By Nick

It has been exactly a year since the devastating quake in Japan, subsequent tsunami and nuclear meltdown. An event which was so profoundly shocking, and a reminder that the great natural disasters of the world can strike even the richest and most well prepared nations.

Tsunami map (updated link 12/03/12)

The earthquake moved the entire island of Honshu (the largest one in Japan) 2.4m to the east and shifted the entire earth’s orbit by 10-25cm. It was the largest recorded earthquake to have hit Japan and the fifth largest since modern instruments began recording around the turn of the twentieth century.

Every week in our department, there is an “Earthquake of the week” seminar where the leading geophysicists other interested parties of the department come together to have a look at the preliminary data and discuss major events during the week. This particular week, the entire department turned up, to share in collective shock, the events of the previous few days and to learn and discover what had happened geologically.

It was all preliminary data so it might not be true anymore but we heard about how there were three major earthquakes in very rapid succession in the region as one triggered another that triggered another, by transferring the stresses through the earth’s crust. It explained how such a large earthquake could occur in an area where the fault section wasn’t meant to be long enough to cause such a massive earthquake (hence the lake of preparedness at the Fukushima nuclear site). I remember spending an hour in pretty much awe at this brand new science being laid out, hot off the presses, intriguing, exciting, but very, very emotionally raw.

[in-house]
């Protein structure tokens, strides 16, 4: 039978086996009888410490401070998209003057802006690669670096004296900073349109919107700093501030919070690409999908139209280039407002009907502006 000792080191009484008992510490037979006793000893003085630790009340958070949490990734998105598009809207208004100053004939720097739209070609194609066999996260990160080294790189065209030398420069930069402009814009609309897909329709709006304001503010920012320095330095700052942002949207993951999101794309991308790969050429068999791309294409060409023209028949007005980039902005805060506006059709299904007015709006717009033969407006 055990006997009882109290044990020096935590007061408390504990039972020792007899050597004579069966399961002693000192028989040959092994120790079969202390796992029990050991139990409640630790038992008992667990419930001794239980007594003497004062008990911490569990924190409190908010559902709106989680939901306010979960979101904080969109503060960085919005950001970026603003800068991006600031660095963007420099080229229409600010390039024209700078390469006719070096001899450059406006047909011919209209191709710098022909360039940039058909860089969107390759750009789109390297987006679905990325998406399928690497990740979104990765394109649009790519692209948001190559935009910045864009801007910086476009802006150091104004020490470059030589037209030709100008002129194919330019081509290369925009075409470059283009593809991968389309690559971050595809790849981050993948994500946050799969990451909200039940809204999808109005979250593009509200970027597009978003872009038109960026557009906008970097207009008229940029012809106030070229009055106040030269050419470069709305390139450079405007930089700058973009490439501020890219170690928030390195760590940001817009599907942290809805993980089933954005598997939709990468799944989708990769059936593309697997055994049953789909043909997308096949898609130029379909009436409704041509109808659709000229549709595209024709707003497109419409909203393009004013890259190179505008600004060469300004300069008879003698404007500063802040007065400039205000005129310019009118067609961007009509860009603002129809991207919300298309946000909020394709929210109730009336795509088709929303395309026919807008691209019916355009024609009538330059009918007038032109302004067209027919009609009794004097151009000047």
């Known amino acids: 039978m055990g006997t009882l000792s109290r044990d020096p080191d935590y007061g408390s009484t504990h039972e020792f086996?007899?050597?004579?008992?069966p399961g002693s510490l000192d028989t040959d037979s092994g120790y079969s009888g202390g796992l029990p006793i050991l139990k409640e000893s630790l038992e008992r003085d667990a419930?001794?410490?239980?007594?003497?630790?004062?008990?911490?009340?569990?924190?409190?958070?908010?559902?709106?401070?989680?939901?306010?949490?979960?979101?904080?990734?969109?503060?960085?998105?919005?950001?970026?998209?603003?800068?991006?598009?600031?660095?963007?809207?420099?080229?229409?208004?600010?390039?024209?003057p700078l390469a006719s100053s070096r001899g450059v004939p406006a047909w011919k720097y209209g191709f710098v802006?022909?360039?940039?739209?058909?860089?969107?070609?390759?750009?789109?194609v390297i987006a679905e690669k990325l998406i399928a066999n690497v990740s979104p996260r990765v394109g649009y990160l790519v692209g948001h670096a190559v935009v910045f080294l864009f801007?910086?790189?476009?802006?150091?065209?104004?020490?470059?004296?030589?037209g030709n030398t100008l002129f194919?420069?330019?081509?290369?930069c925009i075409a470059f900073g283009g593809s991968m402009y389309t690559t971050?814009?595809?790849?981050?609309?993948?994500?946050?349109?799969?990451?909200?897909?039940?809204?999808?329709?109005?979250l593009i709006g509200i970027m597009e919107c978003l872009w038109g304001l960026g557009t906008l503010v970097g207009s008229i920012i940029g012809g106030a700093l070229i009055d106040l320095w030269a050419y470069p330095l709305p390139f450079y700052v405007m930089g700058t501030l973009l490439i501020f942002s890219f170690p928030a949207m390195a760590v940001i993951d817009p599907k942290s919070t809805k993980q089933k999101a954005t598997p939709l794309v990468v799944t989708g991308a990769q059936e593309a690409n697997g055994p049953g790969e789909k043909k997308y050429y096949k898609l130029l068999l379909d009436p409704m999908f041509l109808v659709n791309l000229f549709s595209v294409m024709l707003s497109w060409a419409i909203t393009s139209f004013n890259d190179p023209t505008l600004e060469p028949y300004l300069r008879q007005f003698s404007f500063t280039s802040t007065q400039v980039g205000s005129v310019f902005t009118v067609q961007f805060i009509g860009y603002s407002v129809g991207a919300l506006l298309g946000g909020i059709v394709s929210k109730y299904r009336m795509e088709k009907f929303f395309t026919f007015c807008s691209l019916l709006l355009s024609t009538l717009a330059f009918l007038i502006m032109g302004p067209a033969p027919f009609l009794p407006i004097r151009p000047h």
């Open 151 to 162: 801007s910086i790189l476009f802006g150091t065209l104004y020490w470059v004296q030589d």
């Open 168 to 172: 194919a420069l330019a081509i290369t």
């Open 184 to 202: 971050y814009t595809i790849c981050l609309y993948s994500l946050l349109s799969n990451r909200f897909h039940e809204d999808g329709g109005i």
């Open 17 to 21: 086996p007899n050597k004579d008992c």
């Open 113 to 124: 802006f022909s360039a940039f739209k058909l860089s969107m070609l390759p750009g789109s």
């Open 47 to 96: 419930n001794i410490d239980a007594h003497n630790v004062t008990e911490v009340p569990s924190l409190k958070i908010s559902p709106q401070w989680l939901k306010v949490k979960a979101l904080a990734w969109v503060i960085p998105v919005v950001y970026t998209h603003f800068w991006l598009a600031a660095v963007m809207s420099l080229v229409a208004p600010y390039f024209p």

In doing some research for a previous post on Google earth and caves a week ago or so, I came across some more work by Google in Japan. Google Japan have been doing some great stuff imaging the tsunami hit regions of Japan, providing some before and after images which really hit home about the impacts of natural disasters on the planet and peoples homes and livelihoods. Its called the Memories for the Future project. You can now even view Street View in 3D for a really immersive experience.

Memories for the Future – Street View

Google Lat Long: Experience the tsunami-affected areas of Japan through Street View.